Consider if monitoring and alerting for the replication architecture is required. This could be as simple as a query scheduled via the pg_cron extension to check the replication lag.

Primary Keys

All source tables in a PostgreSQL logical replication publication must have a replica identity configured to replicate inserts and updates, which is usually a Primary Key. If a replica identity does not exist, inserts will be replicated but updates and deletes will throw the following error:

ERROR: cannot update table “without_pkey” because it does not have a replica identity and publishes updates
HINT: To enable updating the table, set REPLICA IDENTITY using ALTER TABLE.

If there is no suitable key, you can use a unique index as the replica identity or use REPLICA IDENTITY FULL which means the entire row becomes the key.
If using REPLICA IDENTITY FULL this causes all column values to be written to the WAL which is inefficient and resource heavy, hence this should only be considered where no other solution exists.

Replication user credentials and security

As we mentioned earlier, Secrets Manager doesn’t support managing secrets in Aurora Global Database. To enhance security, consider using a non-admin account for running the replication process, and subsequently disabling or removing it after a successful cutover. Whichever account you use to initiate the subscription should either be removed or have the password changed immediately after cutover.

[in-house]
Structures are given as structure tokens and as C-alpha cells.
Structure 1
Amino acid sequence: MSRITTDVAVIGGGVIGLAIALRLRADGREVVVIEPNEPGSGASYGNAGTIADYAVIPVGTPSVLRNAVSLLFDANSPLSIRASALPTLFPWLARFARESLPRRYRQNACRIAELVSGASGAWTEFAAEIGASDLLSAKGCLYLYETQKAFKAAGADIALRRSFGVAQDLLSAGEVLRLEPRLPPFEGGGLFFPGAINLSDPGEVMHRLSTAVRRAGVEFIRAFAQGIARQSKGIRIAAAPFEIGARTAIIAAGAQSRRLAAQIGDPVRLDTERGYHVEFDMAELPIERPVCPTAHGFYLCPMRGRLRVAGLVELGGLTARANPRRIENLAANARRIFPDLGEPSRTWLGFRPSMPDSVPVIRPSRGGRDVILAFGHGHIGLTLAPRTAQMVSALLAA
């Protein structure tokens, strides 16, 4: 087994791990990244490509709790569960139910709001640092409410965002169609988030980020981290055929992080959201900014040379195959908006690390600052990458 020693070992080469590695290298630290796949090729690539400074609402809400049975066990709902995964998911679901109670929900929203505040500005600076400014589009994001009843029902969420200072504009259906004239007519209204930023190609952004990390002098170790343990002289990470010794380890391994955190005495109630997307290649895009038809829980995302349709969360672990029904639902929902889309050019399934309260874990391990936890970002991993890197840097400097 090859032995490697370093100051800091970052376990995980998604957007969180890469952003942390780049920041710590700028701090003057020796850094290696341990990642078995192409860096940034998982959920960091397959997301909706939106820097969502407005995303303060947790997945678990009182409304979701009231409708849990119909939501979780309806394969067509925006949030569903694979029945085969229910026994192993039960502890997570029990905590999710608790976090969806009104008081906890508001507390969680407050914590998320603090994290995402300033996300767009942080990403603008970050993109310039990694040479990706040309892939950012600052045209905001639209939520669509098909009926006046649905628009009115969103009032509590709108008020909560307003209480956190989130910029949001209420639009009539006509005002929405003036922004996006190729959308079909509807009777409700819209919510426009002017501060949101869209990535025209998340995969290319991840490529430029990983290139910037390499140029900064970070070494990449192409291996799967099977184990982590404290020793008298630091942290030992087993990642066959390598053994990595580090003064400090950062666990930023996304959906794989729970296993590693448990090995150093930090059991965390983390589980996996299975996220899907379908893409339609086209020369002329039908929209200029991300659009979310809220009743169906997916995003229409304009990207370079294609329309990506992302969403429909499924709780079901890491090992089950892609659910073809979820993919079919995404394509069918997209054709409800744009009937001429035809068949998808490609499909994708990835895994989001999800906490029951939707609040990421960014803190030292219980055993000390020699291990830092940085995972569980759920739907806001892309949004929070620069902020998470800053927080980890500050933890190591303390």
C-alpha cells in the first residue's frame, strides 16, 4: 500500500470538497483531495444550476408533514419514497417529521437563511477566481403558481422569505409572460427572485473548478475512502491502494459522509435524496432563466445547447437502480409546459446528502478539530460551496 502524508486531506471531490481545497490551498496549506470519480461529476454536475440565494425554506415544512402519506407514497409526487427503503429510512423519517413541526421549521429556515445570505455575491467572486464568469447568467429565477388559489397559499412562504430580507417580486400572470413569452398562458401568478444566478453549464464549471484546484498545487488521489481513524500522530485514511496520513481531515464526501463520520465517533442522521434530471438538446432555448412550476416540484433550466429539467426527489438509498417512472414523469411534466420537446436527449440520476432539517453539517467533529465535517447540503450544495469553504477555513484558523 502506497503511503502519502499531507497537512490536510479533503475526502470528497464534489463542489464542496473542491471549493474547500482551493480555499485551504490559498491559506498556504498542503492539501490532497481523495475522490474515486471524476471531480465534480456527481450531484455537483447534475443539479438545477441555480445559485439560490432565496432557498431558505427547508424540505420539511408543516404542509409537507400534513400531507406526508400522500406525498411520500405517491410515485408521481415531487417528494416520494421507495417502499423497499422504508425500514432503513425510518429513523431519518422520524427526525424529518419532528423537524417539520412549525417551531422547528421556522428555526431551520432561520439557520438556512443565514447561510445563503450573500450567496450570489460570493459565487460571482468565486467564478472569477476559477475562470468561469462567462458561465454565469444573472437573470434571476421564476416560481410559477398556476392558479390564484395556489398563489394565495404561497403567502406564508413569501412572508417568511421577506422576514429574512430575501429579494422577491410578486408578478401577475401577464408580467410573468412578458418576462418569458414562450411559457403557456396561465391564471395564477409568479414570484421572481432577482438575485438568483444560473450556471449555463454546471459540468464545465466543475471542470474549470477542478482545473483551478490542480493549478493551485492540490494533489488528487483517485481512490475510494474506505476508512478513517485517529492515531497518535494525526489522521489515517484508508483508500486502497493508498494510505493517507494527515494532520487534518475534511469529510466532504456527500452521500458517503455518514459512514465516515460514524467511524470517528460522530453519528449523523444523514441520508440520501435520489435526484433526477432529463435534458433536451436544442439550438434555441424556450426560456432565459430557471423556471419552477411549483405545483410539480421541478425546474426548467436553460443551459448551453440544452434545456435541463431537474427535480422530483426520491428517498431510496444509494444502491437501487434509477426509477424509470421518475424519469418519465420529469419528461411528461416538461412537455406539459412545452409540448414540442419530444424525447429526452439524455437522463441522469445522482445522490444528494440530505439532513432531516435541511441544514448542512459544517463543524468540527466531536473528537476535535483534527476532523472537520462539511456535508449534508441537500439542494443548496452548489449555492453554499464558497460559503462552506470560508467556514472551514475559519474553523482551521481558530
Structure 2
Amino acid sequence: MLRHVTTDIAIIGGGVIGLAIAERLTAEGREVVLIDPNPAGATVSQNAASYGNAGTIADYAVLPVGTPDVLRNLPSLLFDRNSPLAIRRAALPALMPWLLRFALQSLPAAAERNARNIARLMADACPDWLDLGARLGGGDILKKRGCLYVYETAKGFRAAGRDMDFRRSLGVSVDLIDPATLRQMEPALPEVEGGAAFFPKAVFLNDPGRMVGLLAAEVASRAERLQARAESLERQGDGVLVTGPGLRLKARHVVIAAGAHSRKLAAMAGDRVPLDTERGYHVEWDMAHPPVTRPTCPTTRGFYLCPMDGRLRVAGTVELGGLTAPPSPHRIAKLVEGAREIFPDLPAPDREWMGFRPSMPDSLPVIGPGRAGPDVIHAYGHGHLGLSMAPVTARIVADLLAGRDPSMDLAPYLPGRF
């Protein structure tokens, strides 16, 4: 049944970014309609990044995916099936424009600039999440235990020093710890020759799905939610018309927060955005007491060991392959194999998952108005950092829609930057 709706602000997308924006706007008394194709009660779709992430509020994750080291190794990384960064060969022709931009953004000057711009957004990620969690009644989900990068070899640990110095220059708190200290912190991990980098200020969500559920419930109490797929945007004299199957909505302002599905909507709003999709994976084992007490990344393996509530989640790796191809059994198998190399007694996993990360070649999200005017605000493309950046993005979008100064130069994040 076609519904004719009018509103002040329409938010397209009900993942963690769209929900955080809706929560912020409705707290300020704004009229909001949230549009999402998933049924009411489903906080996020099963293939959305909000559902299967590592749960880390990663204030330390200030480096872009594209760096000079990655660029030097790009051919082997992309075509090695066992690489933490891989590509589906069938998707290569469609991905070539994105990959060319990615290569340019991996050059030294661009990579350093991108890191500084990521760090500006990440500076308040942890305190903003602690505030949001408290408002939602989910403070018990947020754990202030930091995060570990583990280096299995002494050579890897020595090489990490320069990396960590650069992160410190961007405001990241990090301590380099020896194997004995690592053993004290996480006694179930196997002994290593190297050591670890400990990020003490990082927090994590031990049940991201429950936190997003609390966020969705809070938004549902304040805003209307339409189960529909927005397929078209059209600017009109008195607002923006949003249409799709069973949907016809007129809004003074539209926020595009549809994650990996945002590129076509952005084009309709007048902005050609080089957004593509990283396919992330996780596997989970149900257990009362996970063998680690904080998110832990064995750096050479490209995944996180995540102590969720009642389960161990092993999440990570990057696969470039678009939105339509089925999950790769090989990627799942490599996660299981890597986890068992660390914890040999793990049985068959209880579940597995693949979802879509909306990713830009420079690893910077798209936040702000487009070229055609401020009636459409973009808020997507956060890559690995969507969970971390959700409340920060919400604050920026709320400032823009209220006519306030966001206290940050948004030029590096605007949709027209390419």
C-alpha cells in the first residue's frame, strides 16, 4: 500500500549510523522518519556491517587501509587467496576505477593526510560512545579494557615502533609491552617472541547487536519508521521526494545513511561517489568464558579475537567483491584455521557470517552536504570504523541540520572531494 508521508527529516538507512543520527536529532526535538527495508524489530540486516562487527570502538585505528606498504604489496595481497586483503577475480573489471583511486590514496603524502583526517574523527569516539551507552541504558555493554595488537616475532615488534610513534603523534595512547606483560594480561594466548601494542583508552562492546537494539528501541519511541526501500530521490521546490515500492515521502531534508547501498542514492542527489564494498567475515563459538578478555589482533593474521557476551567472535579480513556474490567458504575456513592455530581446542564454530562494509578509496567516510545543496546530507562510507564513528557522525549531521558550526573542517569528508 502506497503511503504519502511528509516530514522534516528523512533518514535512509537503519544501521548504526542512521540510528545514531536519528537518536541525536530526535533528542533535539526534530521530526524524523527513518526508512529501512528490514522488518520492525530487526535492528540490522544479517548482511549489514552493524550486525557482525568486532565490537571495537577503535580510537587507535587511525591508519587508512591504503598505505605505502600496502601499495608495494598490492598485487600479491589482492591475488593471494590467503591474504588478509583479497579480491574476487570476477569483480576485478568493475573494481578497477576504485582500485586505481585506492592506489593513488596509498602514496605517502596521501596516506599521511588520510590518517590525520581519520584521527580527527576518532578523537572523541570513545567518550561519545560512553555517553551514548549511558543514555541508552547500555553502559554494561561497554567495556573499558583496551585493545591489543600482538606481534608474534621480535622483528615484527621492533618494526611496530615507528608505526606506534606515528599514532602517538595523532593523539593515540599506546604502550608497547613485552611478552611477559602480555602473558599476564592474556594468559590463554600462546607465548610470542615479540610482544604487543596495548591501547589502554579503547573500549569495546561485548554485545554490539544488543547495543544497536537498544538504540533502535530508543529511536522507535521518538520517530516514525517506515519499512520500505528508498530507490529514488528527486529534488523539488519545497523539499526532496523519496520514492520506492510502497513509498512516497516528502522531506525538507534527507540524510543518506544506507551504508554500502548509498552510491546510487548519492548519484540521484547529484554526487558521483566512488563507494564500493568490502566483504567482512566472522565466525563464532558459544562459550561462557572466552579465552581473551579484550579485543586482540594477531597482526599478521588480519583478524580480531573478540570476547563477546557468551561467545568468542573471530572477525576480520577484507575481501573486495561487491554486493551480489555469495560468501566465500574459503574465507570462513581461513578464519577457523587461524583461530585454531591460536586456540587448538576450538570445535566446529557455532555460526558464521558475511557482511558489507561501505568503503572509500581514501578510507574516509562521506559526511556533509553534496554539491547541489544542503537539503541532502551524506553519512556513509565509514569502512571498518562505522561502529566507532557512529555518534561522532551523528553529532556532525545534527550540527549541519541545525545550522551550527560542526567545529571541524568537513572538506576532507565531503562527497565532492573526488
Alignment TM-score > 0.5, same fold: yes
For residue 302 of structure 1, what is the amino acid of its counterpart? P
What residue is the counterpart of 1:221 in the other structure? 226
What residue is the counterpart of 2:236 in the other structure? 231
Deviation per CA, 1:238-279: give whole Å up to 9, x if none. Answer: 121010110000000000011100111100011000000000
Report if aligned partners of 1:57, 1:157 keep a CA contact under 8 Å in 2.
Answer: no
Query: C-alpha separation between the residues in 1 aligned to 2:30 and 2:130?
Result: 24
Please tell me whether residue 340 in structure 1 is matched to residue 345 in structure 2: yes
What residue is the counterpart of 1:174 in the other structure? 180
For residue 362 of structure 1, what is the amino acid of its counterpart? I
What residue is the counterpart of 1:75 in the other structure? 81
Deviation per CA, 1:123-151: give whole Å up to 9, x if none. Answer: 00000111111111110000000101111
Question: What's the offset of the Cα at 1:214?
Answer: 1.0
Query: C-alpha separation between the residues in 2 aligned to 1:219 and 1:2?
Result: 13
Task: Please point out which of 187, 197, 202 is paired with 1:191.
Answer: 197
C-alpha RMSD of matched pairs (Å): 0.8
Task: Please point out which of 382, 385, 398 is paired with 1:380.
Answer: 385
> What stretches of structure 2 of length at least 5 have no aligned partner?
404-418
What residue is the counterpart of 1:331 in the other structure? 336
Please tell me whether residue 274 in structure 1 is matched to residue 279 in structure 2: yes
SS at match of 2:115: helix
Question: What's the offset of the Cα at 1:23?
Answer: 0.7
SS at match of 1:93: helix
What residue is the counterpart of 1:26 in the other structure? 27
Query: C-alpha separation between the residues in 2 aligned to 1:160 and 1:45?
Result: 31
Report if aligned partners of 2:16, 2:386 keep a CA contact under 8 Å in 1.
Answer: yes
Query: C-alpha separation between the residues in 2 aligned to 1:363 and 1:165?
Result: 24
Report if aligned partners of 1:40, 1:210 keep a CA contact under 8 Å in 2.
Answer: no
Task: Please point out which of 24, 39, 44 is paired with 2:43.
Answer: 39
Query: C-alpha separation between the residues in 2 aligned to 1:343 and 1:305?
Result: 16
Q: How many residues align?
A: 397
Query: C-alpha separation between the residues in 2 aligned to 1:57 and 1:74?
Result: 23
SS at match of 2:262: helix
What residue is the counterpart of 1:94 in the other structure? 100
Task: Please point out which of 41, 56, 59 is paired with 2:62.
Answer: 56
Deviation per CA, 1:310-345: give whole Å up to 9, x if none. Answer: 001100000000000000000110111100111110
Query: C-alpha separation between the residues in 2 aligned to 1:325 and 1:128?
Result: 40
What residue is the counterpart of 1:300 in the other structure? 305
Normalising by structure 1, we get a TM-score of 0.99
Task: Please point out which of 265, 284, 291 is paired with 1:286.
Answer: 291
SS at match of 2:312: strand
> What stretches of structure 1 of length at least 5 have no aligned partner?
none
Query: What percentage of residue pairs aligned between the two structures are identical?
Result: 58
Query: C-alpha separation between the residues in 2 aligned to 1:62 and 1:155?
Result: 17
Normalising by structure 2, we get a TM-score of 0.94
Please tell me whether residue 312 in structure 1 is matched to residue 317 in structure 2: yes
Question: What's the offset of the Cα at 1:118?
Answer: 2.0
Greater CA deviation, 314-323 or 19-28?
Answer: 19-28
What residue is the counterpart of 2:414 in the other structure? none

Another item to consider is setting log statements to none to ensure no password values are populated to CloudWatch:

BEGIN;
SET LOCAL log_statement = ‘none’;
ALTER USER … SET PASSWORD …;
COMMIT;

Schema changes

It is possible to make schema changes to the Blue cluster, but these are not replicated to Green. Schema changes to the Green database tables do not necessarily break logical replication, but these must be considered very carefully in the scope they are being made. Adding indexes, stored procedures, functions, and (in certain cases) columns to tables doesn’t impact replication. Renaming tables, dropping columns, or changing data-types to incompatible types for replicated tables will cause replication to break.

Column lists came out in PostgreSQL 15 logical replication, which enable you to select the columns to replicate to subscribers on a table level.

Triggers

PostgreSQL replication is able to handle existing database triggers on the target database that haven’t been altered from their original state since being cloned or created at the subscriber.

As mentioned in the PostgreSQL documentation, the apply process on the subscriber database always runs with session_replication_role set to replica. This means that, by default, triggers and rules will not fire on a subscriber.

Users can optionally choose to enable triggers and rules on a table using the ALTER TABLE command and the ENABLE TRIGGER and ENABLE RULE clauses.

The session_replication_role is detailed in the PostgreSQL documentation

The intended use of this setting is that logical replication systems set it to replica when they are applying replicated changes. The effect of that will be that triggers and rules (that have not been altered from their default configuration) will not fire on the replica, with the exception of triggers configured as ENABLE ALWAYS at the table level. These will consistently be triggered irrespective of the session_replication_role setting.

Initial hydration of the Green environment

This is the phase where the initial dataset is populated, sometimes known as the full load. For the purposes of this process, we use Aurora cloning for simplicity and speed because this clones the entire cluster volume.

Validation and cutover